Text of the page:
I explained in prior columns that the appraisers’ formal warnings about mortgage fraud began in 2000 and that the FBI’s famous twin warnings that a mortgage fraud “epidemic” was emerging that would cause a financial “crisis” were made in 2004. I also pointed out that real regulators, operating with far fewer facts and resources, had come to the correct conclusion about “stated income” loans in 1990-1991 and driven them out of the industry. Greenspan and Bernanke both could have acted via regulation to end the fraud epidemic and avoid the Great Recession. Wessel, like Greenspan and Bernanke, conveniently assumes the Fed’s role as a financial regulator out of existence even though Wessel’s focus is on the Great Recession.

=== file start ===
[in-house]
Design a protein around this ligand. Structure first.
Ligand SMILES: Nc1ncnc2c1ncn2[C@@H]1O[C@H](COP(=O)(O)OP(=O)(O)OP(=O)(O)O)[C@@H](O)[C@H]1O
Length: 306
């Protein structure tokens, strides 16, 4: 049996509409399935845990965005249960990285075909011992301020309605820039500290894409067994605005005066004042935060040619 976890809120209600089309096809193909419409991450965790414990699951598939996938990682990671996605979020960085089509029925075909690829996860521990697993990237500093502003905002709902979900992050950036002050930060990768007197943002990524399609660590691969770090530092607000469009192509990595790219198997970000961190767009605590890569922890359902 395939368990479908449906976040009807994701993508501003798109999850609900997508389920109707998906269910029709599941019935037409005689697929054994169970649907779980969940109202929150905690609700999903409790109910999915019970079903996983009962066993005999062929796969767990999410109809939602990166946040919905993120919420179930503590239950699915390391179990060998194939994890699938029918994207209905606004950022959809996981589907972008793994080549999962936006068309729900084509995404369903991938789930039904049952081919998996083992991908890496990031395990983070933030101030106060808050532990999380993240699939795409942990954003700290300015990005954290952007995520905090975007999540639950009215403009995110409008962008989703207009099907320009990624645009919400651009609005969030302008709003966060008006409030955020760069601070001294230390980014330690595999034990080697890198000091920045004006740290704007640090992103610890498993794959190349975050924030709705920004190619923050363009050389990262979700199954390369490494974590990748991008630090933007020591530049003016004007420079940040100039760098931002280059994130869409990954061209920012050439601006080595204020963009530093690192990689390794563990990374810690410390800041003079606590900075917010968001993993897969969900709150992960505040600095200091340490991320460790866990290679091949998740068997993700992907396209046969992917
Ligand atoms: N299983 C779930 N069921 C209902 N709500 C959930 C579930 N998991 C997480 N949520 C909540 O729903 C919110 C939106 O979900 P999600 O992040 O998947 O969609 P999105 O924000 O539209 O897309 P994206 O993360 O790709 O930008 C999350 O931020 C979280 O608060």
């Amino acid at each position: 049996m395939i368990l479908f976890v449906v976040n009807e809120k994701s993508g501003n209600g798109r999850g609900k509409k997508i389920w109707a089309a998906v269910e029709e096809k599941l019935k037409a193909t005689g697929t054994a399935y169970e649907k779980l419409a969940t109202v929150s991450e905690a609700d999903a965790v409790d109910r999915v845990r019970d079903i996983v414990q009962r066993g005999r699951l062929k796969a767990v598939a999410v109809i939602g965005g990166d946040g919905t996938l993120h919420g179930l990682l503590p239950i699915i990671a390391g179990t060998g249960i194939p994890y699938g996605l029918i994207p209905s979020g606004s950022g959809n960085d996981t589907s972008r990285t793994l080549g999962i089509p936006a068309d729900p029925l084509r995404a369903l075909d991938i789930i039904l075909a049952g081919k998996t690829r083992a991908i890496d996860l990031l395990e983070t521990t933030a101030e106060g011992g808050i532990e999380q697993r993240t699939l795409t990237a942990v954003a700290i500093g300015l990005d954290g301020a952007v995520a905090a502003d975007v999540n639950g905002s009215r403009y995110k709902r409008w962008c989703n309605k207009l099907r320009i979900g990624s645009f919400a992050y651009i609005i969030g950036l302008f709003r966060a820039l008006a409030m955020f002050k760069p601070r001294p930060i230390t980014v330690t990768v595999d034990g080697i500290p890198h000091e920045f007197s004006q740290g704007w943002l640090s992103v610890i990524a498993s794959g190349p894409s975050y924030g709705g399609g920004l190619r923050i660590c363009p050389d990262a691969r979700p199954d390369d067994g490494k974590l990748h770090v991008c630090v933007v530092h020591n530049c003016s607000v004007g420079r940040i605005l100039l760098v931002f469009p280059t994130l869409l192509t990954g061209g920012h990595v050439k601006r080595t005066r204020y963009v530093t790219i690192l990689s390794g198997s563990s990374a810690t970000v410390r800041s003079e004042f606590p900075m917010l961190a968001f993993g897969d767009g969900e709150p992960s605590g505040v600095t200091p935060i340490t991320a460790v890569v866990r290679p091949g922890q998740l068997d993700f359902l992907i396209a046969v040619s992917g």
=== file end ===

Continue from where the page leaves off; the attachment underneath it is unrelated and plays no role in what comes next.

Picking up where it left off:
It is good to see that Wessel recognizes that the U.S. recovery, while weak on the jobs front, is vastly superior to the Eurozone. The Eurozone as a whole has been forced back into a gratuitous second Great Recession by austerity. The periphery has been forced into a gratuitous second Great Depression, with unemployment rates roughly four times our rates. It is also good to see that Wessel recognizes that the sequester, an austerity program, was an effort to force the disastrous European policies on the U.S. even though everyone could see that the European policies were failing and the U.S.’s stimulus program was producing growth. Yes, it would be good if Bernanke were to tell Congress candidly that austerity in response to a Great Recession is akin to bleeding a patient in response to illness.